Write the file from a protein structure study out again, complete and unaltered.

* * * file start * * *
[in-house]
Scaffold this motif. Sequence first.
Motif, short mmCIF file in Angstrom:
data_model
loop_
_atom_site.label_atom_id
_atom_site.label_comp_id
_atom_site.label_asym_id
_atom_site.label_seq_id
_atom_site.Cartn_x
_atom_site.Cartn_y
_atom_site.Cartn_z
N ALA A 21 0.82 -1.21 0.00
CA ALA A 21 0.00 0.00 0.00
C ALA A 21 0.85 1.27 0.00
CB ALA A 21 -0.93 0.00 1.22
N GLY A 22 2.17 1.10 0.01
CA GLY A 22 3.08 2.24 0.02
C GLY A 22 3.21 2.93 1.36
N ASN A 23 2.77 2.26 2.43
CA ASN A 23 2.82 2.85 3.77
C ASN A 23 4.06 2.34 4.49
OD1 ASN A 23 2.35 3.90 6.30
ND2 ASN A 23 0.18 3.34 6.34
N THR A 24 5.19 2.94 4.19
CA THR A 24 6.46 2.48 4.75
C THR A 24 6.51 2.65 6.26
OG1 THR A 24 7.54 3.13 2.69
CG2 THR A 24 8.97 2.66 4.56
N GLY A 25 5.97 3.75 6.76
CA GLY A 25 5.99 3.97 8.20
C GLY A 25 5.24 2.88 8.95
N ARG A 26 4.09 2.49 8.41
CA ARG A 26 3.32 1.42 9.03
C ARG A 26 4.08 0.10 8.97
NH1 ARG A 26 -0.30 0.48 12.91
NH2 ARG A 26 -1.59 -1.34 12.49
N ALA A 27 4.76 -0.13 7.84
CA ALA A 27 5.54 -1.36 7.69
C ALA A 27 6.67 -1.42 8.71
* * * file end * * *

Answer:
[in-house]
Scaffold this motif. Sequence first.
Motif, short mmCIF file in Angstrom:
data_model
loop_
_atom_site.label_atom_id
_atom_site.label_comp_id
_atom_site.label_asym_id
_atom_site.label_seq_id
_atom_site.Cartn_x
_atom_site.Cartn_y
_atom_site.Cartn_z
N ALA A 21 0.82 -1.21 0.00
CA ALA A 21 0.00 0.00 0.00
C ALA A 21 0.85 1.27 0.00
CB ALA A 21 -0.93 0.00 1.22
N GLY A 22 2.17 1.10 0.01
CA GLY A 22 3.08 2.24 0.02
C GLY A 22 3.21 2.93 1.36
N ASN A 23 2.77 2.26 2.43
CA ASN A 23 2.82 2.85 3.77
C ASN A 23 4.06 2.34 4.49
OD1 ASN A 23 2.35 3.90 6.30
ND2 ASN A 23 0.18 3.34 6.34
N THR A 24 5.19 2.94 4.19
CA THR A 24 6.46 2.48 4.75
C THR A 24 6.51 2.65 6.26
OG1 THR A 24 7.54 3.13 2.69
CG2 THR A 24 8.97 2.66 4.56
N GLY A 25 5.97 3.75 6.76
CA GLY A 25 5.99 3.97 8.20
C GLY A 25 5.24 2.88 8.95
N ARG A 26 4.09 2.49 8.41
CA ARG A 26 3.32 1.42 9.03
C ARG A 26 4.08 0.10 8.97
NH1 ARG A 26 -0.30 0.48 12.91
NH2 ARG A 26 -1.59 -1.34 12.49
N ALA A 27 4.76 -0.13 7.84
CA ALA A 27 5.54 -1.36 7.69
C ALA A 27 6.67 -1.42 8.71